The Northstar Commuter Rail line moved a step closer to completion (expected late this year) with a March 3 station groundbreaking in Fridley. The station is one of six, so far, on the route between Big Lake and downtown Minneapolis. Located at East River Road and 61st Way NE, the station will be heated, covered, enclosed and handicapped accessible, with a pedestrian tunnel under the tracks for safe crossing. Parking lots will accommodate 611 vehicles, and bike riders who ride the train can store their bikes in lockers. A conductor will ride each train, and the station will be equipped with security cameras.
What about a Northeast Minneapolis station? So far, the stops include Big Lake, Elk River, Anoka, Coon Rapids/Riverdale, Fridley and downtown Minneapolis. Northstar and city officials had proposed a Northeast station on Seventh Avenue NE several years ago, but many residents spoke out at public meetings against the location.
Tim Yantos, executive director of the NorthStar Commuter Rail project, said that original plans for the line were cut back several years ago. “We had to cut the line in half. It originally went from St. Cloud to downtown Minneapolis.” Fridley’s station was cut, too, he added, but Fridley interests found additional funding to restore it.
Yantos said that many elected officials from the Northeast area still would like to see a Northeast station, but in a different location. He said that his experience has been that once the stations open, “a lot of people will say, ‘How come I can’t have a station?’ People are becoming more knowledgeable about train transit.”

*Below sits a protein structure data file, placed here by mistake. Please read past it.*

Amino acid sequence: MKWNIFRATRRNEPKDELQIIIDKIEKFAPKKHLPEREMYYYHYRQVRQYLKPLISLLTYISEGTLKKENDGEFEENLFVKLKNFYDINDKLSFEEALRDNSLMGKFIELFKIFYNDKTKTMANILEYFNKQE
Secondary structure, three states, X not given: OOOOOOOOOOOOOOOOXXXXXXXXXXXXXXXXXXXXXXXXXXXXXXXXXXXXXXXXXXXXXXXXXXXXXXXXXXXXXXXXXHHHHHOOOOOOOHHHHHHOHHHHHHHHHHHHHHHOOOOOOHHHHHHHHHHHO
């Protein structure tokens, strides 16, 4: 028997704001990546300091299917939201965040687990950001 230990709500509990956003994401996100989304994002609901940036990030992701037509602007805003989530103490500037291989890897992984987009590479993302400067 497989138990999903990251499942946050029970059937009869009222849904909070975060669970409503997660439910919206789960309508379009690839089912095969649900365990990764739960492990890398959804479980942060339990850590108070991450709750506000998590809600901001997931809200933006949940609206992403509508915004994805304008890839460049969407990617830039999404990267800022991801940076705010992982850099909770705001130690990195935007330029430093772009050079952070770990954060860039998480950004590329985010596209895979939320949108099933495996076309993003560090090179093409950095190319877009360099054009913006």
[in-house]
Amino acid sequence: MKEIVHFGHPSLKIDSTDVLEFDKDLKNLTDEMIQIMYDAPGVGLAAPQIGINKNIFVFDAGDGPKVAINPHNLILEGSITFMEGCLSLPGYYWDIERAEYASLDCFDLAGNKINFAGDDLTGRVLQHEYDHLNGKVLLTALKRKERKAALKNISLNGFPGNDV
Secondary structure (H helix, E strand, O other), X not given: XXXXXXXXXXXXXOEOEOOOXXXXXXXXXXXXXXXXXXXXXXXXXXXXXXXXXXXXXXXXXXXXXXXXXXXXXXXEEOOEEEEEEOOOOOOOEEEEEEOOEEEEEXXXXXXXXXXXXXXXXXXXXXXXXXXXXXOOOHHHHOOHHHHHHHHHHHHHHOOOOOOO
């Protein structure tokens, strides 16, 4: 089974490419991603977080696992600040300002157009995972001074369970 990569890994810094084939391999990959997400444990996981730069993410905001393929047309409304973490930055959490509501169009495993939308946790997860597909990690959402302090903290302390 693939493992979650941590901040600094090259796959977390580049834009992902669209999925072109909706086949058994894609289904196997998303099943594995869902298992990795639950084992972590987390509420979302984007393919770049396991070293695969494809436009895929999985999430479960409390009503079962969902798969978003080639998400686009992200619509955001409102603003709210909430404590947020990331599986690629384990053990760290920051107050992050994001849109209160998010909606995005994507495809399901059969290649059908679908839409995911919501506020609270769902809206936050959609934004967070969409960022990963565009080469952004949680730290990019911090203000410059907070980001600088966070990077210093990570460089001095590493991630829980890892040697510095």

Joe Gladke, Hennepin County manager of engineering and transit planning, said that there has been talk about an area southeast of Lowry and Central avenues, but things are still in the concept stage. “There definitely has been some interest in getting a Northeast station. Some people have asked if we could take another look at this.”
The Northeast tracks are fairly challenging, however, he added; some sections already have trains going in three directions. Another complicating factor is that more tracks may be needed in the future for passenger rail lines. There are no public meetings scheduled yet and planning is in the very early stages, he said.
County staff have contacted Burlington Northern Railroad officials for their thoughts on a location, Gladke said, but have not yet heard back.
Gladke agreed with Yantos on the growing popularity of rail travel. “The public was very receptive to the Hiawatha [light rail] line. The ridership numbers projected for 2020 were already surpassed in 2006. The demand is there. One of my fears is that commuter rail will be overly successful, and the trains will be so full that no one gets in.”